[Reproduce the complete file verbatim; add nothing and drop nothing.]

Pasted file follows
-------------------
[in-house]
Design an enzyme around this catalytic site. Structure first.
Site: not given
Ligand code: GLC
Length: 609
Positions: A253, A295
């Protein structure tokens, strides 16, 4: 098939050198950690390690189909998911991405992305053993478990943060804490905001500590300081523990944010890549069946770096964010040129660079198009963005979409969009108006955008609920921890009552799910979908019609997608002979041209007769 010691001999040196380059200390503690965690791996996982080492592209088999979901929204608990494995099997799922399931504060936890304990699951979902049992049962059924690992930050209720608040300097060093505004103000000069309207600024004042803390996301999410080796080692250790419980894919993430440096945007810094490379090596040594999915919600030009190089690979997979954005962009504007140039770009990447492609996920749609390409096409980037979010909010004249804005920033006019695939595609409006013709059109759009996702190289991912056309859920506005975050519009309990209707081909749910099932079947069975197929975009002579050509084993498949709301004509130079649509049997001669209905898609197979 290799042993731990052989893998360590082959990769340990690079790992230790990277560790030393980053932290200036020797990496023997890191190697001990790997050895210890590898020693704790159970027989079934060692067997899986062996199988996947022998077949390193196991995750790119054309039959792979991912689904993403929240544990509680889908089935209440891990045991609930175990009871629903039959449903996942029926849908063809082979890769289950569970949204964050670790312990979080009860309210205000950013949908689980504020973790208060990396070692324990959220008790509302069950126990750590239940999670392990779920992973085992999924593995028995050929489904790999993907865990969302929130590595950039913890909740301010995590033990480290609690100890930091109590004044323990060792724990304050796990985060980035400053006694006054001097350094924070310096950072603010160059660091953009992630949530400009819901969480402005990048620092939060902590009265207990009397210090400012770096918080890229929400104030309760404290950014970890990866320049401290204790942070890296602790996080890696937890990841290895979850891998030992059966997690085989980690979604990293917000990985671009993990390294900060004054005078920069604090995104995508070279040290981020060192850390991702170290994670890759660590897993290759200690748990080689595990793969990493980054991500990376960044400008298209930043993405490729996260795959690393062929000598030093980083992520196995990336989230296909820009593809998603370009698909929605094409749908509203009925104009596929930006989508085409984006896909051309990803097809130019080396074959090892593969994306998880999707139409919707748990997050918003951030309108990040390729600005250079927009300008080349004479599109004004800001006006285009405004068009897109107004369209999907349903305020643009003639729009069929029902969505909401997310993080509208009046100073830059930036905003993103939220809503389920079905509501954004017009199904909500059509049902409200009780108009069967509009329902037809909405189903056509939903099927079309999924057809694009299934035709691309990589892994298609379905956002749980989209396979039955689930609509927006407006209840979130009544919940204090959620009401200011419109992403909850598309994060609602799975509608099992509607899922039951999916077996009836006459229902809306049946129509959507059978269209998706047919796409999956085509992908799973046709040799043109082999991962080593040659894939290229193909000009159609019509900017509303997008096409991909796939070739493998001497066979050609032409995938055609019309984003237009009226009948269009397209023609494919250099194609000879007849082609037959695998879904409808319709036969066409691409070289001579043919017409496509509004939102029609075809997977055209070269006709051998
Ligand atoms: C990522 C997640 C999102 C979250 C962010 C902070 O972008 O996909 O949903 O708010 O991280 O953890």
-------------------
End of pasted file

[in-house]
Design an enzyme around this catalytic site. Structure first.
Site: not given
Ligand code: GLC
Length: 609
Positions: A253, A295
């Protein structure tokens, strides 16, 4: 098939050198950690390690189909998911991405992305053993478990943060804490905001500590300081523990944010890549069946770096964010040129660079198009963005979409969009108006955008609920921890009552799910979908019609997608002979041209007769 010691001999040196380059200390503690965690791996996982080492592209088999979901929204608990494995099997799922399931504060936890304990699951979902049992049962059924690992930050209720608040300097060093505004103000000069309207600024004042803390996301999410080796080692250790419980894919993430440096945007810094490379090596040594999915919600030009190089690979997979954005962009504007140039770009990447492609996920749609390409096409980037979010909010004249804005920033006019695939595609409006013709059109759009996702190289991912056309859920506005975050519009309990209707081909749910099932079947069975197929975009002579050509084993498949709301004509130079649509049997001669209905898609197979 290799042993731990052989893998360590082959990769340990690079790992230790990277560790030393980053932290200036020797990496023997890191190697001990790997050895210890590898020693704790159970027989079934060692067997899986062996199988996947022998077949390193196991995750790119054309039959792979991912689904993403929240544990509680889908089935209440891990045991609930175990009871629903039959449903996942029926849908063809082979890769289950569970949204964050670790312990979080009860309210205000950013949908689980504020973790208060990396070692324990959220008790509302069950126990750590239940999670392990779920992973085992999924593995028995050929489904790999993907865990969302929130590595950039913890909740301010995590033990480290609690100890930091109590004044323990060792724990304050796990985060980035400053006694006054001097350094924070310096950072603010160059660091953009992630949530400009819901969480402005990048620092939060902590009265207990009397210090400012770096918080890229929400104030309760404290950014970890990866320049401290204790942070890296602790996080890696937890990841290895979850891998030992059966997690085989980690979604990293917000990985671009993990390294900060004054005078920069604090995104995508070279040290981020060192850390991702170290994670890759660590897993290759200690748990080689595990793969990493980054991500990376960044400008298209930043993405490729996260795959690393062929000598030093980083992520196995990336989230296909820009593809998603370009698909929605094409749908509203009925104009596929930006989508085409984006896909051309990803097809130019080396074959090892593969994306998880999707139409919707748990997050918003951030309108990040390729600005250079927009300008080349004479599109004004800001006006285009405004068009897109107004369209999907349903305020643009003639729009069929029902969505909401997310993080509208009046100073830059930036905003993103939220809503389920079905509501954004017009199904909500059509049902409200009780108009069967509009329902037809909405189903056509939903099927079309999924057809694009299934035709691309990589892994298609379905956002749980989209396979039955689930609509927006407006209840979130009544919940204090959620009401200011419109992403909850598309994060609602799975509608099992509607899922039951999916077996009836006459229902809306049946129509959507059978269209998706047919796409999956085509992908799973046709040799043109082999991962080593040659894939290229193909000009159609019509900017509303997008096409991909796939070739493998001497066979050609032409995938055609019309984003237009009226009948269009397209023609494919250099194609000879007849082609037959695998879904409808319709036969066409691409070289001579043919017409496509509004939102029609075809997977055209070269006709051998
Ligand atoms: C990522 C997640 C999102 C979250 C962010 C902070 O972008 O996909 O949903 O708010 O991280 O953890």